Wall Street equity research is supposed to be a value-add to clients.
But, one has to wonder what value analysts are providing to their trading desks on struggling General Electric (GE - Get Report) . In fact, one has to wonder how many clients have been hurt by wrong calls on what has amounted to an industrial stock value trap.
Out of the 21 sell-side analysts that cover GE 53% rate the stock a hold, according to Bloomberg data. That's 53% of a well-paid group of I-bank number crunchers that have been unable to make a clear decision on a stock that has crashed 50% inside of a year. Average 12-month price target by Wall Street on GE: $16.30, or a full two bucks above current levels.
Only four sell-side analysts rate the stock a sell, while six believe it or not view it as a buy. Interestingly, as GE's fundamental situation has deteriorated over the past year, more analysts have moved to a wishy-washy hold rating rather than lower the boom all the way (see graphic below).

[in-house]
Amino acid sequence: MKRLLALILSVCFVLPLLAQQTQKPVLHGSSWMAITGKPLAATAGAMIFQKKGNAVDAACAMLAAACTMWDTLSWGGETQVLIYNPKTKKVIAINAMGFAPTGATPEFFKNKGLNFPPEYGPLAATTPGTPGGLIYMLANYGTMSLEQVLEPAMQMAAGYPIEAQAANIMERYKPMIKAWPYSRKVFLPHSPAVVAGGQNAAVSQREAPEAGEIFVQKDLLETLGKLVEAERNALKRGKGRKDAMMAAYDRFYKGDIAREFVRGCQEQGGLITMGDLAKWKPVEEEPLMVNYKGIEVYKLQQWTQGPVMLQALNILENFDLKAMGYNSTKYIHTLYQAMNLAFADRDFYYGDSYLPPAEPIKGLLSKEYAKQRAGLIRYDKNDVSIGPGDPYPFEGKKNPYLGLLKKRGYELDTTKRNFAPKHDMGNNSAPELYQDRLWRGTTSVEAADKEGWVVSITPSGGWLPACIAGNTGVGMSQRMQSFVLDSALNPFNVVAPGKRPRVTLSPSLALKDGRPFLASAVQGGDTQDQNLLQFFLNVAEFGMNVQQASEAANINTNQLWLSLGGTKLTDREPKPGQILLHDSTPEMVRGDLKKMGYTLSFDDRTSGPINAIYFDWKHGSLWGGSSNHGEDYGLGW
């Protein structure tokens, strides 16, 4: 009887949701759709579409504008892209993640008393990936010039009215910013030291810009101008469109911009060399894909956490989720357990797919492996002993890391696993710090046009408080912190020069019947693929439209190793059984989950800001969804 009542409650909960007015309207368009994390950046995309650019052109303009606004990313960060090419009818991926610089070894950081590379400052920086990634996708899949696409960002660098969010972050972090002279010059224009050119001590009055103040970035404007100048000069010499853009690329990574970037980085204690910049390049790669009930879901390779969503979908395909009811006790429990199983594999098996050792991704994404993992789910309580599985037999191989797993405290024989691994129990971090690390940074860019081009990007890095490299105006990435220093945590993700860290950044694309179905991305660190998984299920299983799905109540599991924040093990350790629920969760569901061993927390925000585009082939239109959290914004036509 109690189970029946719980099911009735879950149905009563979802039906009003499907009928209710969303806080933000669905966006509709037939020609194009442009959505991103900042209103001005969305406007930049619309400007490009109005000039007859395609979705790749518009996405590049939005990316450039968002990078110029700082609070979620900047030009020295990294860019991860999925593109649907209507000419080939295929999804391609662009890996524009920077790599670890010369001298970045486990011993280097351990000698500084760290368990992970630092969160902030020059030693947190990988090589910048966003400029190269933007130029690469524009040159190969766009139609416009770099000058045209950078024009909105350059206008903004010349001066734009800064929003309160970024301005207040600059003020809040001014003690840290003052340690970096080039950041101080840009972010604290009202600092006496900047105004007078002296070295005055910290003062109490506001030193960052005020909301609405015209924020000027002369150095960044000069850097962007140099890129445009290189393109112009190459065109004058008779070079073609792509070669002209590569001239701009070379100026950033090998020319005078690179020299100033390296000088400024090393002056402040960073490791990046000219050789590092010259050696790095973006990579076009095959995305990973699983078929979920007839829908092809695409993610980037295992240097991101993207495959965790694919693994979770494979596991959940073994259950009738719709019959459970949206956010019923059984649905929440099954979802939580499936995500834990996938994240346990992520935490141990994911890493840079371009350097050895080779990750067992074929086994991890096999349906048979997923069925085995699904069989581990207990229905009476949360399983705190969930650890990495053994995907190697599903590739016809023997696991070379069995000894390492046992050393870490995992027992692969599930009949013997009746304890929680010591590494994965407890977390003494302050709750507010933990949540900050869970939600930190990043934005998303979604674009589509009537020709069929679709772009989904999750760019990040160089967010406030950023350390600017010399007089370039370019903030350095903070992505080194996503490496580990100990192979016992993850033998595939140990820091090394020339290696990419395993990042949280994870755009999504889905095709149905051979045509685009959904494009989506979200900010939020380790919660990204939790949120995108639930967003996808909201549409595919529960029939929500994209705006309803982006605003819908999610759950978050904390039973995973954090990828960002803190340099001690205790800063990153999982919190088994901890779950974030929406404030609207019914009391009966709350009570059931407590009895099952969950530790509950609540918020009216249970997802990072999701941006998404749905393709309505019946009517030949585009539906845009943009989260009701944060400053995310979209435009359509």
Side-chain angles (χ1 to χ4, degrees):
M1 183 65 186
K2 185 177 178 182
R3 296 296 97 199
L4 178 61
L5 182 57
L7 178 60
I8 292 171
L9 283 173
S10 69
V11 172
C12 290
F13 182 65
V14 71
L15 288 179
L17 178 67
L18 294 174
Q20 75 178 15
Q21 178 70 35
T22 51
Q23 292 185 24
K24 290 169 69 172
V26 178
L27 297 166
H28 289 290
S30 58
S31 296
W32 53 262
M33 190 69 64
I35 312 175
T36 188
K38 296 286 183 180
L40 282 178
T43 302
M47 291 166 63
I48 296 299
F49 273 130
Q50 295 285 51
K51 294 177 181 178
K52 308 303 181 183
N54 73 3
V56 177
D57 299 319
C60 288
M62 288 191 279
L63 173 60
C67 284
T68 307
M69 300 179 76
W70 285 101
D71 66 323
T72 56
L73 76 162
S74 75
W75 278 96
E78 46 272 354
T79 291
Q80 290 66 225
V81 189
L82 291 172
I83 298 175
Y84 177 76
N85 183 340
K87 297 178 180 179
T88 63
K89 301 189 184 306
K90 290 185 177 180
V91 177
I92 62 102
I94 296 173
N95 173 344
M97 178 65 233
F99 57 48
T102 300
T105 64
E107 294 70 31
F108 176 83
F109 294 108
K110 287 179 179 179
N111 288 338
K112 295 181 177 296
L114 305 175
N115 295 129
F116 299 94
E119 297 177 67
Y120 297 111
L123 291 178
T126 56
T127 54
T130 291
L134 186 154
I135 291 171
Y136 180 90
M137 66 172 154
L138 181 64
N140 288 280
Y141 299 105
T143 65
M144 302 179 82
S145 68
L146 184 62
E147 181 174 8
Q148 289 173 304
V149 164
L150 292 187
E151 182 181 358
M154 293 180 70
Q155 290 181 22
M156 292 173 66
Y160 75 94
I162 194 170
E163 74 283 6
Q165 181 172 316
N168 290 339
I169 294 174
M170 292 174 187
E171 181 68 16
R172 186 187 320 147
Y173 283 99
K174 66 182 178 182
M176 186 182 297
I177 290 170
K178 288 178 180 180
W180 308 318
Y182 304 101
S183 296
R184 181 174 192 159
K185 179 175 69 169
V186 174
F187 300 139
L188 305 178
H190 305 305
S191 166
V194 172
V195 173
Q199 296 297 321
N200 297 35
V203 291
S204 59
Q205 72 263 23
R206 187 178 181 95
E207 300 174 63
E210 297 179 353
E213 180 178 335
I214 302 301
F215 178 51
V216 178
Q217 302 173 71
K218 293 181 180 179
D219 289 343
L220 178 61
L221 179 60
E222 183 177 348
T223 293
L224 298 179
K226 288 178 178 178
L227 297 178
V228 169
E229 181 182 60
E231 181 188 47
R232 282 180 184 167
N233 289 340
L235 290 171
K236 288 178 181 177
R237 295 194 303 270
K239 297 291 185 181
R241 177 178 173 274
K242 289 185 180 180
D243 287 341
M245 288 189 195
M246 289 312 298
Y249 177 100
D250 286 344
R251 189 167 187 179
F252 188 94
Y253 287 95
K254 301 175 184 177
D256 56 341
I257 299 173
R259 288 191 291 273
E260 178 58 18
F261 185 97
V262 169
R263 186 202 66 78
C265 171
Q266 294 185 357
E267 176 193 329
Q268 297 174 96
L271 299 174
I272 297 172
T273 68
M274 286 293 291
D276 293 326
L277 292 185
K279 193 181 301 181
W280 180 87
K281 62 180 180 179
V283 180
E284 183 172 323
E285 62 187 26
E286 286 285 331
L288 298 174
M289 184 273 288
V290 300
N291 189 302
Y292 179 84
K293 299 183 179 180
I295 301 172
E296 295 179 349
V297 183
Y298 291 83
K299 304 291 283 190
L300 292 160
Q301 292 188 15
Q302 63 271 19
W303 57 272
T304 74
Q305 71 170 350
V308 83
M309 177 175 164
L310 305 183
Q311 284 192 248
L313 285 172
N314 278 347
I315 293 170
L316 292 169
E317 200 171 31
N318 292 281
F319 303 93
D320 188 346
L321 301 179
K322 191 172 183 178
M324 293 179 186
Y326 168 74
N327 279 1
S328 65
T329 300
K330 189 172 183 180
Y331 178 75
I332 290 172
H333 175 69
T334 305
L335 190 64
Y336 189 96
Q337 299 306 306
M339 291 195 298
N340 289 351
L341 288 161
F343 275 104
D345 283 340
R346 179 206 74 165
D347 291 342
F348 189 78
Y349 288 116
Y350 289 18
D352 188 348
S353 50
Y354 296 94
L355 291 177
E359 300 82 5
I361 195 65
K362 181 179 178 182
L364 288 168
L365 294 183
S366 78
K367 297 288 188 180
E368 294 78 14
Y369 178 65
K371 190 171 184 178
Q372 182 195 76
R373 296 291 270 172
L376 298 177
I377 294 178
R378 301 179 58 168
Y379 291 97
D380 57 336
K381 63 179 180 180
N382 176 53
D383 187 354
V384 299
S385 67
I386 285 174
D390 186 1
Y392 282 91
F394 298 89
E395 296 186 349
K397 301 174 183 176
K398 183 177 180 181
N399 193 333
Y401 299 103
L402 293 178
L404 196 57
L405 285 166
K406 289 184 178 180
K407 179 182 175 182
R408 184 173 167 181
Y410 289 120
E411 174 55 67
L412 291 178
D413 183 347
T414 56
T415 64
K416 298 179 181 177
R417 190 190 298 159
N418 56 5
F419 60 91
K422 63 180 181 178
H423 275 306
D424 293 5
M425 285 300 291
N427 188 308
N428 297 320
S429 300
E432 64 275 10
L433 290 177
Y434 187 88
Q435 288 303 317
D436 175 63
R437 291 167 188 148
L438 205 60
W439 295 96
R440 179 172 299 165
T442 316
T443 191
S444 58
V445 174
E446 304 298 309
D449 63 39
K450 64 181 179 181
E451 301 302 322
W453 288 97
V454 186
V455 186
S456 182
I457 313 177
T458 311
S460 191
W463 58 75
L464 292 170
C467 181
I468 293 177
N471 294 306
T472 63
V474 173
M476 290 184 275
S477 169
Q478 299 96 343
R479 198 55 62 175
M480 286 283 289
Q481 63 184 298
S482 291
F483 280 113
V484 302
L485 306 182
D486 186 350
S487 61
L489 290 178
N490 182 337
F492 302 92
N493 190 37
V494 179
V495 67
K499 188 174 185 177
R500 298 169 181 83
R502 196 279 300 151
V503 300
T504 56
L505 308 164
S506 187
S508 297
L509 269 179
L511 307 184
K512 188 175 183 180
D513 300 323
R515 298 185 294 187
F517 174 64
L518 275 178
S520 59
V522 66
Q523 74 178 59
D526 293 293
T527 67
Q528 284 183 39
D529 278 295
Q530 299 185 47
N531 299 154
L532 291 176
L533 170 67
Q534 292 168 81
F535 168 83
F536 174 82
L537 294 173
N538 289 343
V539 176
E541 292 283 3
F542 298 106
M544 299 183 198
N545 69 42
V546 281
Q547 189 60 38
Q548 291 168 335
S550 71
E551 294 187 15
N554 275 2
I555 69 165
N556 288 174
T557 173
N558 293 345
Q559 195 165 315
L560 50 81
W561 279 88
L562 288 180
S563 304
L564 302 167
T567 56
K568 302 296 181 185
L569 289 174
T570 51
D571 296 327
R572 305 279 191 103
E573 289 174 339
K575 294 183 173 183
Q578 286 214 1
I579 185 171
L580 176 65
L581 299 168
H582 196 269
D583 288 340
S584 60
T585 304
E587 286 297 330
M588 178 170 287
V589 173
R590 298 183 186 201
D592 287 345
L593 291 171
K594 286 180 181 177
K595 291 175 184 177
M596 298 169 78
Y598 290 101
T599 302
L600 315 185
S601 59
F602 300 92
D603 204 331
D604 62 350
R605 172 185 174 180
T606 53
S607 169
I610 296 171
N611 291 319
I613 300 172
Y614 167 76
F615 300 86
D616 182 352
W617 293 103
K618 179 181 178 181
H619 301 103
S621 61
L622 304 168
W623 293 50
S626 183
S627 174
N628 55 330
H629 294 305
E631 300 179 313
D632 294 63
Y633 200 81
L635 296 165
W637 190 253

Sell ratings are often tough to slap on high profile stocks as it could lead an analyst being shut out of meetings with top executives. But when the situation warrants a sell rating, it warrants a sell rating.
Wall Street's weak stance on GE is especially pertinent right now.
GE shares crashed more than 7% on Wednesday following a flubbed presentation from one-time aspiring journalist turn GE lifer turn CEO John Flannery.
Flannery spoke at the Electrical Products Group Conference and gave a sobering reminder on how rough a shape the industrial giant is in.
Flannery stated his intention to restructure GE. He plans to make corporate smaller. This, he believes, will maximize the company's growth and stabilize it.
He believes that reducing complexity will help make the management of the company smoother. He plans to "shift the mindset" of the company.
Flannery believes that combining the restructuring with his plans to pay off GE's debt levels and improve the capital will improve the company overall.
But, don't expect changes to gain hold overnight.
"This is not going to be a quick fix," Flannery conceded.
When asked about selling off assets and cutting the dividend again, Flannery responded that those actions would only be taken by the company after a long process of inside negotiation. He further stated that the company would take those considerations very seriously.
If only Wall Street took them seriously.